‘Rural sprawl’ led to Hertford County’s birth
Published 4:37 pm Tuesday, March 7, 2023
Before there was urban sprawl, there was rural expansion.
In today’s world, life in the big city often leads to a yearning for nature’s broad expanses, not to mention a desire to return to some measure of peace of quiet.
That’s why areas in northeastern North Carolina are so attractive to those seeking such amenities.
While some may say we are in the middle of nowhere, we’re actually in the middle of everywhere. Drive two hours, or less in most cases, in any direction from Hertford County – the centerpiece of the Roanoke-Chowan area – and one will find themselves on the famed Outer Banks of North Carolina, the metro areas of Norfolk and Virginia Beach, the capital of the Tarheel State (Raleigh) or the growing cities of Rocky Mount and Greenville.
Looking at the history of the founding of Hertford County, which next year (2024) will celebrate its 265th anniversary, one will find that its formation came as a natural result of the growth of population beyond the Chowan River into the big precinct of Bertie. Thusly, “rural sprawl” existed over two and one-half centuries ago.
Bertie’s formation in 1722 signaled a migration westward. Within 10 years of its founding, Bertie was the most populated in the colony of North Carolina.
In 1742, Northampton County was formed, comprising the western reaches of the Bertie Precinct. Northampton then included the area of the Meherrin River that was later to become the Maney’s Neck section of Hertford County.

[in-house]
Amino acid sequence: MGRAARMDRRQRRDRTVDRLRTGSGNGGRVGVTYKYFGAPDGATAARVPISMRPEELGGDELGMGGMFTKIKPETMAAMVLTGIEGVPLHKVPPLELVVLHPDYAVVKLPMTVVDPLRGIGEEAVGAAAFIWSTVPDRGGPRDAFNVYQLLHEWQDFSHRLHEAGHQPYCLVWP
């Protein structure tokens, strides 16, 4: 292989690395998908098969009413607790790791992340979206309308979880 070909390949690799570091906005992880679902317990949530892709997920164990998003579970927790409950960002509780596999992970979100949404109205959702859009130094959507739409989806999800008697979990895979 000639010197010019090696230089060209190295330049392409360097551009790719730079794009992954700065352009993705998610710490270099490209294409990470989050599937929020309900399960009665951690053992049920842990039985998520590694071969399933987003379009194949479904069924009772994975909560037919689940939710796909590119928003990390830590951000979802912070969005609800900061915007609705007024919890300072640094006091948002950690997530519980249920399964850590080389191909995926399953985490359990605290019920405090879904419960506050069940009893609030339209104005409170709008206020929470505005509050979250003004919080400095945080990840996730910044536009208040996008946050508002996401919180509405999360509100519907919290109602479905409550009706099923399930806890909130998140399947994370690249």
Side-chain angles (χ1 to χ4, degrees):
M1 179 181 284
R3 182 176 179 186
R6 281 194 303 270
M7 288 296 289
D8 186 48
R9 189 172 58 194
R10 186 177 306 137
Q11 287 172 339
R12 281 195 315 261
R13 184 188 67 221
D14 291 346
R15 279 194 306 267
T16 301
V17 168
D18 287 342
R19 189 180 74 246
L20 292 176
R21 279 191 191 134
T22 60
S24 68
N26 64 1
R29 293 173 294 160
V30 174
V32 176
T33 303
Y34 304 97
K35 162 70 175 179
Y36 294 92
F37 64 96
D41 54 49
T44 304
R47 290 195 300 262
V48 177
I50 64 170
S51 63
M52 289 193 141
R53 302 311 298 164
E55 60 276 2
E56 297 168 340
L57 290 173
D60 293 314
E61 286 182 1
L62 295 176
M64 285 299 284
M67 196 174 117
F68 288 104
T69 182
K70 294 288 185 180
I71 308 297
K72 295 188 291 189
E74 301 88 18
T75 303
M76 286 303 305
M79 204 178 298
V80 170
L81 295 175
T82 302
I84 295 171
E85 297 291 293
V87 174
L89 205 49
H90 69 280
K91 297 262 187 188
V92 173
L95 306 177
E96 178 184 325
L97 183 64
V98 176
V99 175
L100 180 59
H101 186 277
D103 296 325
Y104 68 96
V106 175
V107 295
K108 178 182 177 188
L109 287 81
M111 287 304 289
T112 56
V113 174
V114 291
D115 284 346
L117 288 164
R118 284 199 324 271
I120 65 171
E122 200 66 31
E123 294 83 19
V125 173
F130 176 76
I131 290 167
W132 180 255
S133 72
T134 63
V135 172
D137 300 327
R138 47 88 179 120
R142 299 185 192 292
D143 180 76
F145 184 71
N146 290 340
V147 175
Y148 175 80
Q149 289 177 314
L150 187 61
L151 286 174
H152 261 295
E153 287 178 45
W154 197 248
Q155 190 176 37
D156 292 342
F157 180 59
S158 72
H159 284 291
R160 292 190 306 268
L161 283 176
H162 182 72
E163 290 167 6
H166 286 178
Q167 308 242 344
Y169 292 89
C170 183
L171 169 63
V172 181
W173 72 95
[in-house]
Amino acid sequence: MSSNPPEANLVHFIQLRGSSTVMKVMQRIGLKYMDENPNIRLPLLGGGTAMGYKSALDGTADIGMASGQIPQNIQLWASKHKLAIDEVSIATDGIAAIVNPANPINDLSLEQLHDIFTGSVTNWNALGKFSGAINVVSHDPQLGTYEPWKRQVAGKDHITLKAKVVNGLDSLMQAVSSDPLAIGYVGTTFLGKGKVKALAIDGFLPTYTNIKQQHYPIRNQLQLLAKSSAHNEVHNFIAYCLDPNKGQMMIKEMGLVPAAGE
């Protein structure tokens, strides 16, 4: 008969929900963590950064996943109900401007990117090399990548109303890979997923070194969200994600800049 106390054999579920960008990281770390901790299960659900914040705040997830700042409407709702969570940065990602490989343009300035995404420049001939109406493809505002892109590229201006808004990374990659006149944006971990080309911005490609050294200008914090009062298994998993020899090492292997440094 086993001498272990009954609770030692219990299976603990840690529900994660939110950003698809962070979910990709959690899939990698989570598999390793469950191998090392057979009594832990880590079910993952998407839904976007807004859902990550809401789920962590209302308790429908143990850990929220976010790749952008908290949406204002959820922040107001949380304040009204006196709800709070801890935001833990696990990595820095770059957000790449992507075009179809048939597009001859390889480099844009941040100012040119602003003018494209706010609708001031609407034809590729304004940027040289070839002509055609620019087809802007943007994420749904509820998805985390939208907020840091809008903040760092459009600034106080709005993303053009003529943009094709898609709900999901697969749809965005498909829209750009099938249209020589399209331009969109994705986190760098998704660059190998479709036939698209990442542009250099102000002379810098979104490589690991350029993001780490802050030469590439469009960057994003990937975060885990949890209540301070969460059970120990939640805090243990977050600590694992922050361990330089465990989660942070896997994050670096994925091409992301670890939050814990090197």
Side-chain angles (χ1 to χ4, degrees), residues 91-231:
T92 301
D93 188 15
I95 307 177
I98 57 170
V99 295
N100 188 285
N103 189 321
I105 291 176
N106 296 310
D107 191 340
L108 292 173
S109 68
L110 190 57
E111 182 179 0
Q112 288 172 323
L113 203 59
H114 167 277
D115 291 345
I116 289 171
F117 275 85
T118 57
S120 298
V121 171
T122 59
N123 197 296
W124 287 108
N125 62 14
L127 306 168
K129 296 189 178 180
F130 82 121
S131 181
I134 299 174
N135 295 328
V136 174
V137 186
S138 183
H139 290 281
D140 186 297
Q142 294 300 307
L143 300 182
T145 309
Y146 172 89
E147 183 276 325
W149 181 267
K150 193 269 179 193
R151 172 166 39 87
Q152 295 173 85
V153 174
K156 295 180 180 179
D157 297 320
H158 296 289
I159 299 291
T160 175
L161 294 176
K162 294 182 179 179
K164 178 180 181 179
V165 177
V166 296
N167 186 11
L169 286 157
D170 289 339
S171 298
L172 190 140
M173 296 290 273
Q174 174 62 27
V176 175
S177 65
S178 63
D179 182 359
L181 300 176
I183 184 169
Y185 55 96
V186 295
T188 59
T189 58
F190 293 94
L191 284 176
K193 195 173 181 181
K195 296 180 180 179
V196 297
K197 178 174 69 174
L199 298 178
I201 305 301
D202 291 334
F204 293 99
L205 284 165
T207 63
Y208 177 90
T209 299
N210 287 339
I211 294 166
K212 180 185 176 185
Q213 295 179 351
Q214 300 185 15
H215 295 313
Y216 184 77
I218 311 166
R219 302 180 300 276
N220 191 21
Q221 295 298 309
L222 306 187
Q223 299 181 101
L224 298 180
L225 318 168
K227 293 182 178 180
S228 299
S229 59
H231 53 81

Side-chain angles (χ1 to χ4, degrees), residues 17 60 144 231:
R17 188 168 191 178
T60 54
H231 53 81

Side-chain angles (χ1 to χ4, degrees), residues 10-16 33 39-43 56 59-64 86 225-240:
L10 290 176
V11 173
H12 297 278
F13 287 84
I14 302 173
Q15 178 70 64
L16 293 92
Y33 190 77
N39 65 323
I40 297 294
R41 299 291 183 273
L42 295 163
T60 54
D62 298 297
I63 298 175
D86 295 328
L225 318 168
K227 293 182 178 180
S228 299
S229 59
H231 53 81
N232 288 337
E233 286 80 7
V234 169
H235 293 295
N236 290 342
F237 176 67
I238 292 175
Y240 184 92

Fifteen years later, North Carolina had grown into a large colony, with its Piedmont area becoming heavily populated with settlers moving down from Pennsylvania. During this period of growth, a struggle developed between the newly-grown Piedmont and the older eastern counties. Westerners claimed they were not getting representation in the colonial assembly. When that representation was granted, often the eastern-dominated Assembly would form a new county in the east, thus assuring continued representation in favor of the east in the legislative group.
Was this the reason that Hertford County was carved out from three existing counties: Bertie, Northampton and Chowan (founded in 1668)?
For the record, Hertford was born due to the difficulty of travel to the Bertie, Northampton or Chowan County seat, thus causing a great number of people in those areas to want a new county with a more convenient court site.
At that time, the Bertie court site was located in Saint Johns (today in Hertford County); the Northampton court was held in Jackson (still the county seat there) while Chowan County held court in Edenton, which also remains as their county seat.
Thus it was the inhabitants of the areas farthest from the three court centers that petitioned the General Assembly in 1758 for a new county.
John Campbell, a member of the Assembly from Bertie, presented the petition in the House of Commons on Dec. 12, 1758. That petition included names of people from the upper corner of Chowan County (now Gates County), many from along the Meherrin River in Northampton County and some from the area around soon-to-be Winton.